Timothy and Amie were planning to be picked up on 5th October. Through experience, Tim would have packed early, expecting that if a weather-window allowed the float-plane in for a pick-up, they would need to be ready. When it became obvious the weather wasn’t going to cooperate, Timothy would pack the gear and food next to his tent and cover it with the storage tent, or he’d quickly sit the tent up to store the gear and food. This process would have stirred up a lot of smells in the area. The bear was probably curious about it all, approached the tent, and Timothy confronted it with his usual reaction of dominance towards a curious bear (making noise, hollering and running towards it)(3) . This situation, especially if the bear was unknown to him, along with the poor weather conditions, which make it difficult for bears to use their sense of smell and hearing, likely triggered the attack.

Grizzly Man includes the last shot from Timothy’s camera, with himself filming his “goodbye” and the campsite in the background. I keep on wondering how much time there was between that last video-clip and the time of the attack. My guess is, Timothy returned to the camp with the camera still on standby and the attack happened shortly thereafter. The remote, activated by Timothy or accidentally during the struggle with the bear, turned the camera on, resulting in the sound being recorded.(4)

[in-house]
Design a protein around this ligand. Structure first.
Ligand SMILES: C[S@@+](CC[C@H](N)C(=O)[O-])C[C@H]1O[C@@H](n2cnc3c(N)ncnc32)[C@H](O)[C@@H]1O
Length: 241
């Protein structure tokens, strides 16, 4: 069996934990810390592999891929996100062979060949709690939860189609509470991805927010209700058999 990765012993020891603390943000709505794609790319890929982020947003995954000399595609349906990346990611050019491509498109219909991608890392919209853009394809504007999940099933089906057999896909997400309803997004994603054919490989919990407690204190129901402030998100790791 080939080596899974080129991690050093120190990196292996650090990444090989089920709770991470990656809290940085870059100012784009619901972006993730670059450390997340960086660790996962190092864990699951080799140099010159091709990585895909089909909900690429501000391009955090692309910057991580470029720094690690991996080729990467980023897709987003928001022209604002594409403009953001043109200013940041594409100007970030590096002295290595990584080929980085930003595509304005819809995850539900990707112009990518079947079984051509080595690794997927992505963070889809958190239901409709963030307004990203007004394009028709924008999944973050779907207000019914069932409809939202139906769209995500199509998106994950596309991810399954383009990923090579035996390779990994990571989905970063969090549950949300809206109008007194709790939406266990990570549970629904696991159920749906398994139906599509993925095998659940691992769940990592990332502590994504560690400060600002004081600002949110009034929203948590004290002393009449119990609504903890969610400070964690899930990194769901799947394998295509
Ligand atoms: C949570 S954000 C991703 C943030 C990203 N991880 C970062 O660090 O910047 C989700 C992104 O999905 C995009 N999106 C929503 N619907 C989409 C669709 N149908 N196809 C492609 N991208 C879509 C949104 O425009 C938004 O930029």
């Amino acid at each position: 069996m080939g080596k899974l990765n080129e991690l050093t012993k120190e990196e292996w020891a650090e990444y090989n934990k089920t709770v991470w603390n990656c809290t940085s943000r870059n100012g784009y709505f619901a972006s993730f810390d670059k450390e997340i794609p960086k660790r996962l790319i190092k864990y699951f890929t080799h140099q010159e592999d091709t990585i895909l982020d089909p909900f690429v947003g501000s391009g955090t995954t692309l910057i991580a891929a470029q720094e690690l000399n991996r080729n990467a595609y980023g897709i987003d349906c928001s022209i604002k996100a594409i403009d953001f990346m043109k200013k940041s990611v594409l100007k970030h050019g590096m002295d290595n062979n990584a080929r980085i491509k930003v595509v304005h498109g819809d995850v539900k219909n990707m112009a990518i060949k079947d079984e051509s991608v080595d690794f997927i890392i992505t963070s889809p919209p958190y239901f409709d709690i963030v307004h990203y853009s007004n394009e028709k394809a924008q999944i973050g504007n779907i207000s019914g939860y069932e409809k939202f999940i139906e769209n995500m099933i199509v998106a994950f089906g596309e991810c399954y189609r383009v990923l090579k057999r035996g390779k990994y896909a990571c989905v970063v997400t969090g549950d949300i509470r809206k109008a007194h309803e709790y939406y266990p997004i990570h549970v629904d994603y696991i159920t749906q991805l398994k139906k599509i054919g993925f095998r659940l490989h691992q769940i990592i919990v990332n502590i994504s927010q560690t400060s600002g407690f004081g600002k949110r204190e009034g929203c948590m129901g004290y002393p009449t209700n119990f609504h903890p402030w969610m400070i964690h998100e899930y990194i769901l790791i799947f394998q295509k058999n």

(3) The bear involved in the attack might have discovered food smells coming from the gear and food containers outside the tent and was intent on checking them out. Under these circumstances, a bear that might otherwise have run away could take exception to someone interfering with his feeding and promptly snap when interrupted. A study at Yosemite showed that a black bear can usually be chased away, but this becomes harder once the bear has latched onto food. This type of aggressive behavior is a kind of cache defense, which is the cause of maybe 10 percent of killings by grizzly bears.